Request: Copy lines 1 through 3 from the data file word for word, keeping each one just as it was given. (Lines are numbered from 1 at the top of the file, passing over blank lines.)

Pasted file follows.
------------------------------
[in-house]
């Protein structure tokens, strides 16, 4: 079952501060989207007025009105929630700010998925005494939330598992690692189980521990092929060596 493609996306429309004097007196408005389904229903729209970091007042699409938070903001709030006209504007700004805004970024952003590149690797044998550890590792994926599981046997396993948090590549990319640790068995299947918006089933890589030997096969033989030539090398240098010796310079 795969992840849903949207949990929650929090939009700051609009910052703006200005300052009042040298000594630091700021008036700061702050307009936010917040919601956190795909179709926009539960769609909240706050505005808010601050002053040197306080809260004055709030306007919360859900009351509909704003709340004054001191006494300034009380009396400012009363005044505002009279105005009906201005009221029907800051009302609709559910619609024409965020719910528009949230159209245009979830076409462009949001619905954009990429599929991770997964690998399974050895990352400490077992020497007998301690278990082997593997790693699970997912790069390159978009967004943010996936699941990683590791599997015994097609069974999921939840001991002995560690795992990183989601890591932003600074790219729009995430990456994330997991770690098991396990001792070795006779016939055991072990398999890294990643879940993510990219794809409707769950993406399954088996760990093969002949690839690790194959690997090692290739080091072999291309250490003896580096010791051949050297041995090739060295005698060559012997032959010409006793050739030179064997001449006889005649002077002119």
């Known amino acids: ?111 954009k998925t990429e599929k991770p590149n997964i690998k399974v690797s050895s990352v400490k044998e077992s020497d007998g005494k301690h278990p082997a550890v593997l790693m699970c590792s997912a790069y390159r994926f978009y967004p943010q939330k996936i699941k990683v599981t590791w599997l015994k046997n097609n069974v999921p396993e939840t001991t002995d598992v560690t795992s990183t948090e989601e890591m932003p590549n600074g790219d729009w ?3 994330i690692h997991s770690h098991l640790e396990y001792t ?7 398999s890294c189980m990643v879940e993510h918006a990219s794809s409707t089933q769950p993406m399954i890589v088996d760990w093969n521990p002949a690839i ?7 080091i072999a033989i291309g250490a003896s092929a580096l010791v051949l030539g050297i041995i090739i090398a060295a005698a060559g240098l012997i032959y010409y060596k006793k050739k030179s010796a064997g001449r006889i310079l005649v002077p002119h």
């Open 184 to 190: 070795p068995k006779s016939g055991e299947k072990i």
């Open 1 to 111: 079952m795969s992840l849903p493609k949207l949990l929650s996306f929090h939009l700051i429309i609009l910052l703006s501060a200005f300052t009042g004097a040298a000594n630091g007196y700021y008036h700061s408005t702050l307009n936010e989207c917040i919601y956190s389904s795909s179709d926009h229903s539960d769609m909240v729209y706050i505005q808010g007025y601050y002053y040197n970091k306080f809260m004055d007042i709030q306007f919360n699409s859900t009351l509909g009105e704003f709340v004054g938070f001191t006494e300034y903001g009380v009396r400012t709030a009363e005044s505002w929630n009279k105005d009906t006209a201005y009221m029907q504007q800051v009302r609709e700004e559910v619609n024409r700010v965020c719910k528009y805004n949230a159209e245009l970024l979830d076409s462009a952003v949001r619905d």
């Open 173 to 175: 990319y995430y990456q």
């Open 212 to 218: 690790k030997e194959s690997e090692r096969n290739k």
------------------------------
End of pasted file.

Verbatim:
[in-house]
């Protein structure tokens, strides 16, 4: 079952501060989207007025009105929630700010998925005494939330598992690692189980521990092929060596 493609996306429309004097007196408005389904229903729209970091007042699409938070903001709030006209504007700004805004970024952003590149690797044998550890590792994926599981046997396993948090590549990319640790068995299947918006089933890589030997096969033989030539090398240098010796310079 795969992840849903949207949990929650929090939009700051609009910052703006200005300052009042040298000594630091700021008036700061702050307009936010917040919601956190795909179709926009539960769609909240706050505005808010601050002053040197306080809260004055709030306007919360859900009351509909704003709340004054001191006494300034009380009396400012009363005044505002009279105005009906201005009221029907800051009302609709559910619609024409965020719910528009949230159209245009979830076409462009949001619905954009990429599929991770997964690998399974050895990352400490077992020497007998301690278990082997593997790693699970997912790069390159978009967004943010996936699941990683590791599997015994097609069974999921939840001991002995560690795992990183989601890591932003600074790219729009995430990456994330997991770690098991396990001792070795006779016939055991072990398999890294990643879940993510990219794809409707769950993406399954088996760990093969002949690839690790194959690997090692290739080091072999291309250490003896580096010791051949050297041995090739060295005698060559012997032959010409006793050739030179064997001449006889005649002077002119």
């Known amino acids: ?111 954009k998925t990429e599929k991770p590149n997964i690998k399974v690797s050895s990352v400490k044998e077992s020497d007998g005494k301690h278990p082997a550890v593997l790693m699970c590792s997912a790069y390159r994926f978009y967004p943010q939330k996936i699941k990683v599981t590791w599997l015994k046997n097609n069974v999921p396993e939840t001991t002995d598992v560690t795992s990183t948090e989601e890591m932003p590549n600074g790219d729009w ?3 994330i690692h997991s770690h098991l640790e396990y001792t ?7 398999s890294c189980m990643v879940e993510h918006a990219s794809s409707t089933q769950p993406m399954i890589v088996d760990w093969n521990p002949a690839i ?7 080091i072999a033989i291309g250490a003896s092929a580096l010791v051949l030539g050297i041995i090739i090398a060295a005698a060559g240098l012997i032959y010409y060596k006793k050739k030179s010796a064997g001449r006889i310079l005649v002077p002119h």